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Book Chapter

Bayesian Phylolinguistic

MPS-Authors
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Greenhill,  Simon J.
Linguistic and Cultural Evolution, Max Planck Institute for the Science of Human History, Max Planck Society;

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Heggarty,  Paul
Linguistic and Cultural Evolution, Max Planck Institute for the Science of Human History, Max Planck Society;

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Gray,  Russell D.
Linguistic and Cultural Evolution, Max Planck Institute for the Science of Human History, Max Planck Society;

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Citation

Greenhill, S. J., Heggarty, P., & Gray, R. D. (2020). Bayesian Phylolinguistic. In R. D. Janda, B. D. Joseph, & B. S. Vance (Eds.), The Handbook of Historical Linguistics [II] (pp. 226-253). Hoboken, New Jersey: Wiley-Blackwell.


Cite as: http://hdl.handle.net/21.11116/0000-0006-F6B0-D
Abstract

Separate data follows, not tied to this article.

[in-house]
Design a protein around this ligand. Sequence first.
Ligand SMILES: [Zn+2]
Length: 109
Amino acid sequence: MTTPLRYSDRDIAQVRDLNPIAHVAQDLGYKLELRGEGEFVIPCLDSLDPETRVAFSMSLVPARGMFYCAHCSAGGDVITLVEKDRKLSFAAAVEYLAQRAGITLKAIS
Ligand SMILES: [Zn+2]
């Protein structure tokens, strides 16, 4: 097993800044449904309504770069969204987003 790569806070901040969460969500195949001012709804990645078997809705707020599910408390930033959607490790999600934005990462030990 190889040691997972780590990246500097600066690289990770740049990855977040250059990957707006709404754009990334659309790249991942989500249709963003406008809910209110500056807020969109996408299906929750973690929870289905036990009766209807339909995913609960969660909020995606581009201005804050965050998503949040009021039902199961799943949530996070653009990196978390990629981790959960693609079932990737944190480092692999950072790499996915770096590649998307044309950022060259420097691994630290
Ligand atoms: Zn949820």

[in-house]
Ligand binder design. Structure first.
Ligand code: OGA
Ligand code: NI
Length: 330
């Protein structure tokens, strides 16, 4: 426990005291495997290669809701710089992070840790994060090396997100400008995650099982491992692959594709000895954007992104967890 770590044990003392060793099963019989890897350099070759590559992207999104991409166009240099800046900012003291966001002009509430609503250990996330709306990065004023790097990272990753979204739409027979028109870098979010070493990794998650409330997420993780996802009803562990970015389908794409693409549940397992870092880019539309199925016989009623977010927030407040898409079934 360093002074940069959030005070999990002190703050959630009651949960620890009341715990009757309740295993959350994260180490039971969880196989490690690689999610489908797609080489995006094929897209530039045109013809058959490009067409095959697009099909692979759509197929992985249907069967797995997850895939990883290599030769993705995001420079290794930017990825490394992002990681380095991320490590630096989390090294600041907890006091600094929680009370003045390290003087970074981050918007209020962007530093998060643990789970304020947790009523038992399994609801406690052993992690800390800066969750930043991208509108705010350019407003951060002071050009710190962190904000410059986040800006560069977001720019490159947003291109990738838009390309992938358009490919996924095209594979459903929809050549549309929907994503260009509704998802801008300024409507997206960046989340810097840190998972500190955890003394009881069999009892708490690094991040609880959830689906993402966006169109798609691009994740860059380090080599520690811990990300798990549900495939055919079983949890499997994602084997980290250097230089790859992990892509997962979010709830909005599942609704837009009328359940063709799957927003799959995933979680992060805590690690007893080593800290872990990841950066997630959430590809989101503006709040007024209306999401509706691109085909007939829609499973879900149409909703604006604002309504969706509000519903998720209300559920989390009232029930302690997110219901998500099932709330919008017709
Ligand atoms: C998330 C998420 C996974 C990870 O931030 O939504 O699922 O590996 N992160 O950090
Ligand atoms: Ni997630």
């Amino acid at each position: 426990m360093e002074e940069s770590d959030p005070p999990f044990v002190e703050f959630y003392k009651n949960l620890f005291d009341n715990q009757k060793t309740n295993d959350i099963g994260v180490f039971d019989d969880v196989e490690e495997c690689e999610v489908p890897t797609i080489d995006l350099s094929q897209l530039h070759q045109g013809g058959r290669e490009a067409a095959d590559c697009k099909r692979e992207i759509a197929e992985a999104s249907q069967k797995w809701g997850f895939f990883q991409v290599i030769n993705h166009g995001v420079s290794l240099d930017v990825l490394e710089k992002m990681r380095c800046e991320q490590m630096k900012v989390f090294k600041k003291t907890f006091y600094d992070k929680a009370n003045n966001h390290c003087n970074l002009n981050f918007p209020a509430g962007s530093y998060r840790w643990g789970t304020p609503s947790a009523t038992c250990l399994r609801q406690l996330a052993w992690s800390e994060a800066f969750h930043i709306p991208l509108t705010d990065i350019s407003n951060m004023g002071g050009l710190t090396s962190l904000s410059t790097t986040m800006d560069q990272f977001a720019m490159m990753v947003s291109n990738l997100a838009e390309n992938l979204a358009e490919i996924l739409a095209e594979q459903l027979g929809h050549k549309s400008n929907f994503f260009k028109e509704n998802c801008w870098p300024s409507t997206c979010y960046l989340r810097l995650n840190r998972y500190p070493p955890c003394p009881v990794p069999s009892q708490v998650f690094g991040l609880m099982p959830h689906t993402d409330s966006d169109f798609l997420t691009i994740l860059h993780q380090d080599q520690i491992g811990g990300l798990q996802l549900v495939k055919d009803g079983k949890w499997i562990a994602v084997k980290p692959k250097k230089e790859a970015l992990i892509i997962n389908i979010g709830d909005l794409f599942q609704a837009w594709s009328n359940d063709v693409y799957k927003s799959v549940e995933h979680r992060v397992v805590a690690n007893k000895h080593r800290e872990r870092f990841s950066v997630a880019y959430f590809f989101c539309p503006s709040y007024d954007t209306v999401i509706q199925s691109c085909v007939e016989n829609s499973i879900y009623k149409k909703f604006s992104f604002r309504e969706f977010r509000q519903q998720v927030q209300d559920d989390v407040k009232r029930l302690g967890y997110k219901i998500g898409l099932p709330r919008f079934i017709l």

Change is coming to historical linguistics. Big, or at least “bigish data” (Gray and Watts 2017), are now becoming increasingly available in the form of large web accessible lexical, typological and phonological databases (e.g. ABVD (Greenhill et al 2008), Chirilla (Bowern 2016), Phoible (Moran 2014), WALS (Haspelmath 2014), Autotyp (Bickel et al 2017) and the soon to be released Lexibank, Grambank, Parabank and Numeralbank http://www.shh.mpg.de/180672/glottobank). This deluge of data is way beyond the ability of any one person to process accurately in their head. The deluge will thus inevitably drive the demand for appropriate computational tools to process and analyze the fast wealth of freely available linguistic information. In this chapter we will briefly describe one such set of computational tools – Bayesian phylogenetic methods – and outline their utility for historical linguistics. We will focus on four main questions: what is Bayesian phylolinguistics, why does this approach typically focus on lexical data, how is it able to estimate divergence dates, and how reliable are the results?